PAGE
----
That also means that when a Great Dane has a Harlequin gene but has no Merle gene, it will turn out to have a standard coat color. The Merle gene goes hand in hand with the Harlequin gene to create the pattern.
According to a research, Harlequin is basically the modification of Merle. And without Merle there would be no Harlequin. This is further proven by Dr. O’Sullivan, who suggests that a Harlequin Great Dane can also be produced from breeding Merle with a Blue. Therefore, showing the relationship between a Harlequin and Merle.
Breeding a Harlequin Great Dane is difficult. It takes a lot of trial and errors and requires extreme precision. And this is why they’re a very expensive and rare coat color.
To produce Harlequin Great Danes, breeders mate Merles or Harlequins with Mantles. However, no matter how much breeders try to produce Harlequins with the perfect coat pattern, it is always inevitable to get mismarked puppies in a litter.
Furthermore, Great Danes with the Harlequin coat are usually “fragile” when it comes to breeding. This is because when bred with Merles or fellow Harlequins, the puppies in the litter will be prone to certain health problems. Therefore, breeders usually mate Harlequins with Mantles.
Can you breed two Harlequins?
No, you shouldn’t breed two Harlequins. This is because it will result in a Great Dane with either a double Harlequin gene or a double Merle gene. And either results will spell disaster, even if the Harlequins are perfectly marked and healthy.
A dog with a two Harlequin gene is unhealthy and is terminated in utero. And a dog with two Merle gene will be born but the chances of it being deaf or blind are high.
Characteristics and Temperament
Harlequin Great Danes share common traits with other Great Dane coat colors. They are obedient, social, friendly, loyal and make great guard dogs.
They are revered for their temperament. These gentle giants hold a friendly, warm, amenable, and loving disposition. The dogs are neither too active nor require high level of physical exercises, therefore they can live comfortably and happily in an apartment.
Thus, Harlequin Great Danes are probably the most friendly canines out there. The dogs are good with kids, small dogs, and even cats. And there is a high possibility that they will be a good family dog provided they are trained properly.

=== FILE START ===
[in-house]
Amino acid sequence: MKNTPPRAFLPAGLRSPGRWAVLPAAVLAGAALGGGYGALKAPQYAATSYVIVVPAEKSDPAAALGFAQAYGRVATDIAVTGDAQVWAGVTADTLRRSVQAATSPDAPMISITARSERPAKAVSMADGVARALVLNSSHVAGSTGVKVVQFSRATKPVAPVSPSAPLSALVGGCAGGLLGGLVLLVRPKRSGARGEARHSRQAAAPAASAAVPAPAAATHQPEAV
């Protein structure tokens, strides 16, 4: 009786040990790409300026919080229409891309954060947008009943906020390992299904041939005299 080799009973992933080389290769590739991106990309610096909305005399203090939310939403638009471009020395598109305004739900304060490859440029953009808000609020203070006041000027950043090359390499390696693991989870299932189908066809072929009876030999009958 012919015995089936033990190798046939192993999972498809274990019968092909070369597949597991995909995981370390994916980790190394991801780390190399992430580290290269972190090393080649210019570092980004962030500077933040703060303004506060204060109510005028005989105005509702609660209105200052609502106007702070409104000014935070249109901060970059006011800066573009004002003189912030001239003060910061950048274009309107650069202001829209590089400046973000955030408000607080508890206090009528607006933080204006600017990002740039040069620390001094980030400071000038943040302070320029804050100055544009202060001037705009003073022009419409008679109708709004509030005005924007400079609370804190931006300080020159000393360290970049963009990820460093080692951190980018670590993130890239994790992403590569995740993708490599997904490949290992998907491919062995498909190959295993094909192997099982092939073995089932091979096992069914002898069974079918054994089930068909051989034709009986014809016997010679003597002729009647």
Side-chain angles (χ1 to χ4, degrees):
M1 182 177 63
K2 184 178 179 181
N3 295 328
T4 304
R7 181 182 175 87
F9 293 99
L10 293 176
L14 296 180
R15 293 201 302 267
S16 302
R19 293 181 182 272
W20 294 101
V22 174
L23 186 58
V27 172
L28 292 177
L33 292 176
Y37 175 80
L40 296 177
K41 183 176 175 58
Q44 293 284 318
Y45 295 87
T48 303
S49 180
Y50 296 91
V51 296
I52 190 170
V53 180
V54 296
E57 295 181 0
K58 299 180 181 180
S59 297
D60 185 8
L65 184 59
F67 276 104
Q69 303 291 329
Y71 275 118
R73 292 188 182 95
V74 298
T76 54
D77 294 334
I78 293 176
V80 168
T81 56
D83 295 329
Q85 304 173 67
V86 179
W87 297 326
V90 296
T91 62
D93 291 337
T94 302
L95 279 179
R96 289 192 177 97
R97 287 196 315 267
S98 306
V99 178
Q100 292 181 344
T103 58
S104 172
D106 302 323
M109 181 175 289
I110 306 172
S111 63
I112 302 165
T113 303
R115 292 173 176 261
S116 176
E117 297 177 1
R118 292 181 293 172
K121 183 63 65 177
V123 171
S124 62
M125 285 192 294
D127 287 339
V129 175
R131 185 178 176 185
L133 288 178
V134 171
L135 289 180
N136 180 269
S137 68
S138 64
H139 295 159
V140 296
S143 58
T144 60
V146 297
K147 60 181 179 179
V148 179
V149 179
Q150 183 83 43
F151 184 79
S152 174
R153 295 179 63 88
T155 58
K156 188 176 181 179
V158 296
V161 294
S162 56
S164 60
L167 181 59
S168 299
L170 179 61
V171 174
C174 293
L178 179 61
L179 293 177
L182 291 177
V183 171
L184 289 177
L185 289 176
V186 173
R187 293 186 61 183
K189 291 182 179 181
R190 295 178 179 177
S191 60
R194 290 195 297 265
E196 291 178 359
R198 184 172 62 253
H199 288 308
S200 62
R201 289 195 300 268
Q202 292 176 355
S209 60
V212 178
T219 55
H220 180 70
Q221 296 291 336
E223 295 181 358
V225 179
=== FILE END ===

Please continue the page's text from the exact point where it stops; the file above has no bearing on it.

Unlike other Great Danes with different coat colors, the growth of a Harlequin is rather spontaneous. They have the latency to be bigger than other Great Danes and experience a growth spurt later in life.
A Great Dane’s rapid growth usually happens while they’re 3 to 5 months old. However, this varies from dog to dog and from litter to litter. But for a Harlequin, the chances of it going through a growth spurt at 11 months is higher than other coat colors of the same breed.
Sometimes, other than its coat color, genetics also play a part in determining how big a Great Dane gets. So, it is also worth noting that a Harlequin’s size cannot be predicted accurately, because it might take after its parents size.
Other than the common health issues that the Great Dane breed is predisposed to, there are also other problems that Harlequins can have due to their coat color.
As mentioned above, breeding Harlequin Great Danes with a Merle or with another Harlequin will cause health complications. And they will either die in utero or be born deaf or blind.
According to a research about canine deafness, 54.6% of double Merles suffer partial hearing loss. Furthermore, lightly marked Harlequins or Merlequins can also get diagnosed with skin cancer due to the lack of pigment.
Yes, Harlequin Great Danes do shed. However, the shedding isn’t excessive and is actually seasonal. And they particularly shed a lot during the spring season.
If the dog is healthy, it will shed the same as any other Great Dane color would. And the dogs will only require minimal to average grooming.
Having a Harlequin Great Dane is like having a big bundle of joy in the family. In addition to that, they’re also a beautiful and rare choice for a Great Dane – whether they’re a mismark or not.
But of course, having a Harlequin can be a double-edged sword. While they display a majestic and rare coat color, the chances of them having complications are high. So, it means you have to do a lot of research and equip yourself with patience and effort to ensure that just like any other dogs, they’ll get to live the best life and enjoy all the good things life has to offer.
2 thoughts on “Harlequin Great Dane 101: Everything You Need To Know”
My wife and I are considering getting a harlequin (at last). We’ve actually been on the fence for some years but in recognizing the great responsibility that comes with parenting a great dane, hesitation and procrastination have always prevailed. We are counting our years now, however, and it has come to a now or never decision. Why a harlequin? In my youth, I took care of my neighbors three fawn danes, primarily cleaning his yard, the experience seeding a healthy respect and fondness for the breed. My wife, on the other hand, preferred a dalmatian, primarily stricken by their beautiful markings. Thus a compromise was agreed upon that, should the time come, a harlequin was the answer. I think that time is come, the shopping around exercise to begin as soon as our heat wave subsides. I want to thank you for your very ministering website. I’m sure it has been helpful to many and we will certainly be calling on you soon.